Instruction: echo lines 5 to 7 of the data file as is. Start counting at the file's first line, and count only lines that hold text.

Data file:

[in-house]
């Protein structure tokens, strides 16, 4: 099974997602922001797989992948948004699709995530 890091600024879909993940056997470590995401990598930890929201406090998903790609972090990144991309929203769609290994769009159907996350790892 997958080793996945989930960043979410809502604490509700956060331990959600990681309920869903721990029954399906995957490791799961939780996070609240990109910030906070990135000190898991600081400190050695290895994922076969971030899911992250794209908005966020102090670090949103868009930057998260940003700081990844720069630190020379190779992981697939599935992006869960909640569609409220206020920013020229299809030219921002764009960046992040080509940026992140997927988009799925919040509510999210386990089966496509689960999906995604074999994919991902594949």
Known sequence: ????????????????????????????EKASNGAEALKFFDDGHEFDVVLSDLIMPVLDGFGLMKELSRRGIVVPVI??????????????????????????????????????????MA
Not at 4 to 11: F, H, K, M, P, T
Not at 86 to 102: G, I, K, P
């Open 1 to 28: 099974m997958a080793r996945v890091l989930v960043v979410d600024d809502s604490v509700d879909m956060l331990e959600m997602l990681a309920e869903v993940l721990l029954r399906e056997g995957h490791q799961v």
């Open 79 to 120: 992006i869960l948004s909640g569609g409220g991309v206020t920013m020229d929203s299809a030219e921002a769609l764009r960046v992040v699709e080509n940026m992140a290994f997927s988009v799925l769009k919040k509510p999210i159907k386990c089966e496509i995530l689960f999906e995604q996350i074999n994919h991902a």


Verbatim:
Not at 86 to 102: G, I, K, P
């Open 1 to 28: 099974m997958a080793r996945v890091l989930v960043v979410d600024d809502s604490v509700d879909m956060l331990e959600m997602l990681a309920e869903v993940l721990l029954r399906e056997g995957h490791q799961v």
């Open 79 to 120: 992006i869960l948004s909640g569609g409220g991309v206020t920013m020229d929203s299809a030219e921002a769609l764009r960046v992040v699709e080509n940026m992140a290994f997927s988009v799925l769009k919040k509510p999210i159907k386990c089966e496509i995530l689960f999906e995604q996350i074999n994919h991902a």